The leading Turkish organization that provides religious services in Bulgaria is the Turkish Presidency of Religious Affairs, the Diyanet. The organization signed an agreement with the Bulgarian government and received a special status in sponsoring Muslims in the country.17 The main religious activity of Turkey in Bulgaria is to establish Islamic schools that are known as İlahiyat Lisesi (Theology High Schools). In recent years, such schools were founded in the cities of Rusu and Shumen, while another was built with the support of Turkish Religious Foundation (Türkiye Diyanet Vakfı, TDV) and Turkish Cooperation and Coordination Agency (Türk İşbirliği ve Koordinasyon Ajansı, TİKA) in the city of Momchilgrad in 2012.18 These high schools provide Islamic education in line with a curriculum that is prepared in coordination with Turkish educational institutions. While Turkey provides logistical support for these schools, it also organizes social activities in order to enhance the cooperation between Turkish and Bulgarian educational professionals.19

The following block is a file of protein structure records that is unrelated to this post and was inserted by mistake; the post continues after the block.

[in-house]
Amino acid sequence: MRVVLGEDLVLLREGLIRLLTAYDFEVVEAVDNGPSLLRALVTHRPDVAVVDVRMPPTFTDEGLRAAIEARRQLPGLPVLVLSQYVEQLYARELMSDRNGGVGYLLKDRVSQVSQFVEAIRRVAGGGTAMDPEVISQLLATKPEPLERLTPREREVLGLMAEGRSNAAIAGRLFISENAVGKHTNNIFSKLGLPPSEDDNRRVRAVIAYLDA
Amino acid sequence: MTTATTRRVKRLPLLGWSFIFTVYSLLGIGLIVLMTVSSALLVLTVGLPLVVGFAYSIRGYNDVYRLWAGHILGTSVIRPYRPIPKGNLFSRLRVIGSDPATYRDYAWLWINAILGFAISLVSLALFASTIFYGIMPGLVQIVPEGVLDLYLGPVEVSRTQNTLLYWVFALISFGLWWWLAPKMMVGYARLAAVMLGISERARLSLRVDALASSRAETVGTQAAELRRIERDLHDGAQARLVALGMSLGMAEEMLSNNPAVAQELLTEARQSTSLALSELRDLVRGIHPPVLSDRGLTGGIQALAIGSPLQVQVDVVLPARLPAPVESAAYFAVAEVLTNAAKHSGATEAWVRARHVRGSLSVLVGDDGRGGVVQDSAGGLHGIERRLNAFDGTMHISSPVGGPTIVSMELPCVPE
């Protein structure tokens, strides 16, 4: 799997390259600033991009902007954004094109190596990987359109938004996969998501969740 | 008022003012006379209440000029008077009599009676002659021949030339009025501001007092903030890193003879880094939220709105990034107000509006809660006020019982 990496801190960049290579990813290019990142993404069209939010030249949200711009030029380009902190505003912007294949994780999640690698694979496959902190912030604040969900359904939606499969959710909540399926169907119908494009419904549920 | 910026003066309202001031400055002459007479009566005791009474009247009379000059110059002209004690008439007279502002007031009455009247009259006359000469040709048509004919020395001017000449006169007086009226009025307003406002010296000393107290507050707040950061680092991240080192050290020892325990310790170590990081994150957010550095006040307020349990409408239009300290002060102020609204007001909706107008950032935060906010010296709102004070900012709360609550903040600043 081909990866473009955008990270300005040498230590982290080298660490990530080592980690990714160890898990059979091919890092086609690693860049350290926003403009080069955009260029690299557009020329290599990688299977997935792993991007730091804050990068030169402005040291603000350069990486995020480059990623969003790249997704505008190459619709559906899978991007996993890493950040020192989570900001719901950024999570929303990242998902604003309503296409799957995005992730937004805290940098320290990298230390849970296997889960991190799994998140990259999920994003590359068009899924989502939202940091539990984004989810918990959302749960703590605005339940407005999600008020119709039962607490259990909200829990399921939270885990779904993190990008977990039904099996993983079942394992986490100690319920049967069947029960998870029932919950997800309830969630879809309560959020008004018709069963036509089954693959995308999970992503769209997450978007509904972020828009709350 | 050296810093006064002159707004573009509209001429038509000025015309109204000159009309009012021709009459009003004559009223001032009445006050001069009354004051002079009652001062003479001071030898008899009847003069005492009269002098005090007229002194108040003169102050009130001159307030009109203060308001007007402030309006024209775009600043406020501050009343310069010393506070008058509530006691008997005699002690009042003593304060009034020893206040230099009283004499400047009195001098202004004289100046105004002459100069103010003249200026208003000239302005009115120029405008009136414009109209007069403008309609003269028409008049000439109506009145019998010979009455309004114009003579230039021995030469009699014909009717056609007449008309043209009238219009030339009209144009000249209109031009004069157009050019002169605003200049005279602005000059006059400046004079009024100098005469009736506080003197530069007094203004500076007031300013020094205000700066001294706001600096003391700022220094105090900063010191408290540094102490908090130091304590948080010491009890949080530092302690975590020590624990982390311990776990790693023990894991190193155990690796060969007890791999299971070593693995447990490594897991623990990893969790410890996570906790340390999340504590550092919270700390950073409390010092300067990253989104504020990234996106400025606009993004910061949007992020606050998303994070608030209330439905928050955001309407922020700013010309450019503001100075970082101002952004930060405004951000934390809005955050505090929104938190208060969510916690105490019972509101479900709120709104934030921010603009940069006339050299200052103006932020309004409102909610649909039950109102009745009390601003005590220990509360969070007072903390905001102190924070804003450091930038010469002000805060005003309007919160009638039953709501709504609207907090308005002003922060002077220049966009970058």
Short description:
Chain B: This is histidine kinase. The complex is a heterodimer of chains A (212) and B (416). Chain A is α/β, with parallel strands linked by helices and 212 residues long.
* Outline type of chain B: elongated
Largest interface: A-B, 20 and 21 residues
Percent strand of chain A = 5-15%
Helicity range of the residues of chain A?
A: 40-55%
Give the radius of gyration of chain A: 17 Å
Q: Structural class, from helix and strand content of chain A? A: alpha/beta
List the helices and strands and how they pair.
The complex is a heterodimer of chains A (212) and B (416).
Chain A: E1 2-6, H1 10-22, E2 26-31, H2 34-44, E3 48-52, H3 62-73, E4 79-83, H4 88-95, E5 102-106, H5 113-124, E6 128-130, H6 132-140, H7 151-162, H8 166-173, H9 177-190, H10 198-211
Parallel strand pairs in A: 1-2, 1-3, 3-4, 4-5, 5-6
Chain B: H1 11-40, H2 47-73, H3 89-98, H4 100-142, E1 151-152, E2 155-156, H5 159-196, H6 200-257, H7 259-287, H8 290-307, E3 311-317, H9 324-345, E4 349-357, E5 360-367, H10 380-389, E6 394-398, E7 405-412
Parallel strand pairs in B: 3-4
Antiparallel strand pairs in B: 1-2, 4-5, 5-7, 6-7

Turkey provided significant support for the establishment of a Higher Islamic Institute in Sofia (Yüksek İslam Enstitüsü). Since its establishment in 1990, the Institute provides higher education in Islamic Studies with the TDV covering the costs of education and other activities related to the Institute.20 The TDV provides maintenance support and educational materials to all the Islamic schools that operate in Bulgaria and support to the teachers and educational professionals of these schools. Despite receiving financial support from Turkey, they are under the control of Bulgaria’s Chief Mufti’s Office. As they have a private status, the Bulgarian government has little interference in their activities, however, these schools are registered under the National Education Act.21 In addition to official education activities, Turkey sponsors imams to make temporary visits to Bulgaria to teach Islamic courses in cities and villages. Such activities particularly take place in the summer school vacation when students attend Qur’anic courses in mosques.22